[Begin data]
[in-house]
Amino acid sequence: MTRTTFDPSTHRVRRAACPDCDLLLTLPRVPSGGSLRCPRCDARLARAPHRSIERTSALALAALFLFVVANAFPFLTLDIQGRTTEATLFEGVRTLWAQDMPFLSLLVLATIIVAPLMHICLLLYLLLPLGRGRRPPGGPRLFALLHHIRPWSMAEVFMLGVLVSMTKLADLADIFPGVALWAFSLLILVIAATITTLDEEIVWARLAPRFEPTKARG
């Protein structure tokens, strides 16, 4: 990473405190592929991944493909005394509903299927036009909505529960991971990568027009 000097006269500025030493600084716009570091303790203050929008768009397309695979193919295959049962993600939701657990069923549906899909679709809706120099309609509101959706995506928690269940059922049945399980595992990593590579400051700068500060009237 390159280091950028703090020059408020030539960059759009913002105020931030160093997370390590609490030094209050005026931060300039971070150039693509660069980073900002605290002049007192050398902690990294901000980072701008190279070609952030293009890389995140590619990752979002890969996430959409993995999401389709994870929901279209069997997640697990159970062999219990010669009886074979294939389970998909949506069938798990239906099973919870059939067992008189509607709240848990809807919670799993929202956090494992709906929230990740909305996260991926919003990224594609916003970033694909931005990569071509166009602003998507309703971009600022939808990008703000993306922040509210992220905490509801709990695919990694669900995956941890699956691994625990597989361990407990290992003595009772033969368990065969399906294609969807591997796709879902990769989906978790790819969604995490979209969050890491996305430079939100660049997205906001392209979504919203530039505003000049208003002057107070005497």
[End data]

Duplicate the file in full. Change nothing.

[in-house]
Amino acid sequence: MTRTTFDPSTHRVRRAACPDCDLLLTLPRVPSGGSLRCPRCDARLARAPHRSIERTSALALAALFLFVVANAFPFLTLDIQGRTTEATLFEGVRTLWAQDMPFLSLLVLATIIVAPLMHICLLLYLLLPLGRGRRPPGGPRLFALLHHIRPWSMAEVFMLGVLVSMTKLADLADIFPGVALWAFSLLILVIAATITTLDEEIVWARLAPRFEPTKARG
């Protein structure tokens, strides 16, 4: 990473405190592929991944493909005394509903299927036009909505529960991971990568027009 000097006269500025030493600084716009570091303790203050929008768009397309695979193919295959049962993600939701657990069923549906899909679709809706120099309609509101959706995506928690269940059922049945399980595992990593590579400051700068500060009237 390159280091950028703090020059408020030539960059759009913002105020931030160093997370390590609490030094209050005026931060300039971070150039693509660069980073900002605290002049007192050398902690990294901000980072701008190279070609952030293009890389995140590619990752979002890969996430959409993995999401389709994870929901279209069997997640697990159970062999219990010669009886074979294939389970998909949506069938798990239906099973919870059939067992008189509607709240848990809807919670799993929202956090494992709906929230990740909305996260991926919003990224594609916003970033694909931005990569071509166009602003998507309703971009600022939808990008703000993306922040509210992220905490509801709990695919990694669900995956941890699956691994625990597989361990407990290992003595009772033969368990065969399906294609969807591997796709879902990769989906978790790819969604995490979209969050890491996305430079939100660049997205906001392209979504919203530039505003000049208003002057107070005497």